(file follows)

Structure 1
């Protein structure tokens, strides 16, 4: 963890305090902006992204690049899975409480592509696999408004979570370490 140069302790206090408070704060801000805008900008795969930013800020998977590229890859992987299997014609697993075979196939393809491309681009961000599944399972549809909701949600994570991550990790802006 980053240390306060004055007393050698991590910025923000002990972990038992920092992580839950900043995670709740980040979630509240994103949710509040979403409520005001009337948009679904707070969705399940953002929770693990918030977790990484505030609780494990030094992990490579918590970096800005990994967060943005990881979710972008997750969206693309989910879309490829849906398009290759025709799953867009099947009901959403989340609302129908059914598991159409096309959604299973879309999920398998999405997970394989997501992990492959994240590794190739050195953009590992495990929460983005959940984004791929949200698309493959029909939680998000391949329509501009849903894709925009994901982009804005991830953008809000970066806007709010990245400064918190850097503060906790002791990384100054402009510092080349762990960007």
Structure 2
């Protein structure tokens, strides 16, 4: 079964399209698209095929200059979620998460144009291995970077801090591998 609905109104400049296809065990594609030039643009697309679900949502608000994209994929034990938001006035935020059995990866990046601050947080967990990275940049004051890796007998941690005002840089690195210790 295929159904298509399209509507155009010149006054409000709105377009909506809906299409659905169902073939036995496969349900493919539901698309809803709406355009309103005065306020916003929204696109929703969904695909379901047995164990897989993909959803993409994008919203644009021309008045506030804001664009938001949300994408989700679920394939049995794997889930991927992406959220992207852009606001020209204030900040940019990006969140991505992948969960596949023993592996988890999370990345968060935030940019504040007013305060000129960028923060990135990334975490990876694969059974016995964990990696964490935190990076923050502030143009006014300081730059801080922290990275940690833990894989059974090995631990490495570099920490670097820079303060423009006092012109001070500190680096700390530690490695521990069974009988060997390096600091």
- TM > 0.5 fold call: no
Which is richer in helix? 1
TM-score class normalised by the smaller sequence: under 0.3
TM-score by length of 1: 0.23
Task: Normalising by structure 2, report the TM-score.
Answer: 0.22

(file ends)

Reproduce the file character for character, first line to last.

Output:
Structure 1
């Protein structure tokens, strides 16, 4: 963890305090902006992204690049899975409480592509696999408004979570370490 140069302790206090408070704060801000805008900008795969930013800020998977590229890859992987299997014609697993075979196939393809491309681009961000599944399972549809909701949600994570991550990790802006 980053240390306060004055007393050698991590910025923000002990972990038992920092992580839950900043995670709740980040979630509240994103949710509040979403409520005001009337948009679904707070969705399940953002929770693990918030977790990484505030609780494990030094992990490579918590970096800005990994967060943005990881979710972008997750969206693309989910879309490829849906398009290759025709799953867009099947009901959403989340609302129908059914598991159409096309959604299973879309999920398998999405997970394989997501992990492959994240590794190739050195953009590992495990929460983005959940984004791929949200698309493959029909939680998000391949329509501009849903894709925009994901982009804005991830953008809000970066806007709010990245400064918190850097503060906790002791990384100054402009510092080349762990960007």
Structure 2
């Protein structure tokens, strides 16, 4: 079964399209698209095929200059979620998460144009291995970077801090591998 609905109104400049296809065990594609030039643009697309679900949502608000994209994929034990938001006035935020059995990866990046601050947080967990990275940049004051890796007998941690005002840089690195210790 295929159904298509399209509507155009010149006054409000709105377009909506809906299409659905169902073939036995496969349900493919539901698309809803709406355009309103005065306020916003929204696109929703969904695909379901047995164990897989993909959803993409994008919203644009021309008045506030804001664009938001949300994408989700679920394939049995794997889930991927992406959220992207852009606001020209204030900040940019990006969140991505992948969960596949023993592996988890999370990345968060935030940019504040007013305060000129960028923060990135990334975490990876694969059974016995964990990696964490935190990076923050502030143009006014300081730059801080922290990275940690833990894989059974090995631990490495570099920490670097820079303060423009006092012109001070500190680096700390530690490695521990069974009988060997390096600091």
- TM > 0.5 fold call: no
Which is richer in helix? 1
TM-score class normalised by the smaller sequence: under 0.3
TM-score by length of 1: 0.23
Task: Normalising by structure 2, report the TM-score.
Answer: 0.22